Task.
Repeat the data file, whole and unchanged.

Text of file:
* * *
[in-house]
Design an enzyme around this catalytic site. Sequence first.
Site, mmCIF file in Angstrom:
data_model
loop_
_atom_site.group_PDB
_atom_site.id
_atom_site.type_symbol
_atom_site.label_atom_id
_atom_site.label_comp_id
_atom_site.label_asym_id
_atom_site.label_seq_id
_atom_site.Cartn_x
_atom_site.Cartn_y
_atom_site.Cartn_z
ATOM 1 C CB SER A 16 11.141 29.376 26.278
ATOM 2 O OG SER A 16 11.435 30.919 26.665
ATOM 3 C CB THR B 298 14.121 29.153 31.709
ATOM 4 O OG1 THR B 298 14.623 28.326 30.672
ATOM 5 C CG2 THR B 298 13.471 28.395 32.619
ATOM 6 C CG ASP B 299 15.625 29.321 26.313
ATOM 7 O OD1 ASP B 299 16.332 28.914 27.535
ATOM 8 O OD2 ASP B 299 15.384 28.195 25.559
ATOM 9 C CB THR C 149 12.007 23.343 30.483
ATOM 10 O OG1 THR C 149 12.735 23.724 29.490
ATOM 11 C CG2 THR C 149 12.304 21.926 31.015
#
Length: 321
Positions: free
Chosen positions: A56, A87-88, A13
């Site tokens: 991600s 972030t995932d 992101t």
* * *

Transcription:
[in-house]
Design an enzyme around this catalytic site. Sequence first.
Site, mmCIF file in Angstrom:
data_model
loop_
_atom_site.group_PDB
_atom_site.id
_atom_site.type_symbol
_atom_site.label_atom_id
_atom_site.label_comp_id
_atom_site.label_asym_id
_atom_site.label_seq_id
_atom_site.Cartn_x
_atom_site.Cartn_y
_atom_site.Cartn_z
ATOM 1 C CB SER A 16 11.141 29.376 26.278
ATOM 2 O OG SER A 16 11.435 30.919 26.665
ATOM 3 C CB THR B 298 14.121 29.153 31.709
ATOM 4 O OG1 THR B 298 14.623 28.326 30.672
ATOM 5 C CG2 THR B 298 13.471 28.395 32.619
ATOM 6 C CG ASP B 299 15.625 29.321 26.313
ATOM 7 O OD1 ASP B 299 16.332 28.914 27.535
ATOM 8 O OD2 ASP B 299 15.384 28.195 25.559
ATOM 9 C CB THR C 149 12.007 23.343 30.483
ATOM 10 O OG1 THR C 149 12.735 23.724 29.490
ATOM 11 C CG2 THR C 149 12.304 21.926 31.015
#
Length: 321
Positions: free
Chosen positions: A56, A87-88, A13
């Site tokens: 991600s 972030t995932d 992101t």